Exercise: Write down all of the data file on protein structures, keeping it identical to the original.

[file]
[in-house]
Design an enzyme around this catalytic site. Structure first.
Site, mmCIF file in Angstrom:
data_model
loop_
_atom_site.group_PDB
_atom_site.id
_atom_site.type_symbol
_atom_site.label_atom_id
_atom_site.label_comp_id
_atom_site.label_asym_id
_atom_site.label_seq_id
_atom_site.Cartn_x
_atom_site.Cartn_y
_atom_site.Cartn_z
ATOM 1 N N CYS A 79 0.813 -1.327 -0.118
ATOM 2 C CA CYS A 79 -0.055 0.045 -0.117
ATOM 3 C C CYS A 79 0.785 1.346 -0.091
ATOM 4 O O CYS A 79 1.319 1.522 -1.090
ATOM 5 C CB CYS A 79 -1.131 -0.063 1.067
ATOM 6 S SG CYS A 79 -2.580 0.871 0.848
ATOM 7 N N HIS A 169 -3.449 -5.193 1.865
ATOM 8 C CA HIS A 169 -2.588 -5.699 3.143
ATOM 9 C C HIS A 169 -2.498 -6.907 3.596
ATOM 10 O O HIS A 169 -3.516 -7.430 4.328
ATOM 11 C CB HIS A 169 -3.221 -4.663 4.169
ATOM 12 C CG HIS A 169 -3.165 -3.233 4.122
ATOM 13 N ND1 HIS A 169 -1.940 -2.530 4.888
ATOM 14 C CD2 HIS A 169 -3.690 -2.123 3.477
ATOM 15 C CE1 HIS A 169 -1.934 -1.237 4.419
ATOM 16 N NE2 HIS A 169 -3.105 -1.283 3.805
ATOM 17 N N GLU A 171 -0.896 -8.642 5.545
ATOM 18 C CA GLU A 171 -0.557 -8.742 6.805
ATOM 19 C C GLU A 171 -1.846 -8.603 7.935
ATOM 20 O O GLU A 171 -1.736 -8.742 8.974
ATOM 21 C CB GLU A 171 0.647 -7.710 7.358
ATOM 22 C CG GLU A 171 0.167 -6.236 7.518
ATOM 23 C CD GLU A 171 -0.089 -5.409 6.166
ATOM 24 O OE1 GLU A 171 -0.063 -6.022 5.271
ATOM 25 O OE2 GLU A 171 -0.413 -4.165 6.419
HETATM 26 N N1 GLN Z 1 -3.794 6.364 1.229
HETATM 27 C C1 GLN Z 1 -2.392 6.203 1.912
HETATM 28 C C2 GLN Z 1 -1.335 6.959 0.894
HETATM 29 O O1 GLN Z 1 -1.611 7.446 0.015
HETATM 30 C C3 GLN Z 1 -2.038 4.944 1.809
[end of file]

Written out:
[in-house]
Design an enzyme around this catalytic site. Structure first.
Site, mmCIF file in Angstrom:
data_model
loop_
_atom_site.group_PDB
_atom_site.id
_atom_site.type_symbol
_atom_site.label_atom_id
_atom_site.label_comp_id
_atom_site.label_asym_id
_atom_site.label_seq_id
_atom_site.Cartn_x
_atom_site.Cartn_y
_atom_site.Cartn_z
ATOM 1 N N CYS A 79 0.813 -1.327 -0.118
ATOM 2 C CA CYS A 79 -0.055 0.045 -0.117
ATOM 3 C C CYS A 79 0.785 1.346 -0.091
ATOM 4 O O CYS A 79 1.319 1.522 -1.090
ATOM 5 C CB CYS A 79 -1.131 -0.063 1.067
ATOM 6 S SG CYS A 79 -2.580 0.871 0.848
ATOM 7 N N HIS A 169 -3.449 -5.193 1.865
ATOM 8 C CA HIS A 169 -2.588 -5.699 3.143
ATOM 9 C C HIS A 169 -2.498 -6.907 3.596
ATOM 10 O O HIS A 169 -3.516 -7.430 4.328
ATOM 11 C CB HIS A 169 -3.221 -4.663 4.169
ATOM 12 C CG HIS A 169 -3.165 -3.233 4.122
ATOM 13 N ND1 HIS A 169 -1.940 -2.530 4.888
ATOM 14 C CD2 HIS A 169 -3.690 -2.123 3.477
ATOM 15 C CE1 HIS A 169 -1.934 -1.237 4.419
ATOM 16 N NE2 HIS A 169 -3.105 -1.283 3.805
ATOM 17 N N GLU A 171 -0.896 -8.642 5.545
ATOM 18 C CA GLU A 171 -0.557 -8.742 6.805
ATOM 19 C C GLU A 171 -1.846 -8.603 7.935
ATOM 20 O O GLU A 171 -1.736 -8.742 8.974
ATOM 21 C CB GLU A 171 0.647 -7.710 7.358
ATOM 22 C CG GLU A 171 0.167 -6.236 7.518
ATOM 23 C CD GLU A 171 -0.089 -5.409 6.166
ATOM 24 O OE1 GLU A 171 -0.063 -6.022 5.271
ATOM 25 O OE2 GLU A 171 -0.413 -4.165 6.419
HETATM 26 N N1 GLN Z 1 -3.794 6.364 1.229
HETATM 27 C C1 GLN Z 1 -2.392 6.203 1.912
HETATM 28 C C2 GLN Z 1 -1.335 6.959 0.894
HETATM 29 O O1 GLN Z 1 -1.611 7.446 0.015
HETATM 30 C C3 GLN Z 1 -2.038 4.944 1.809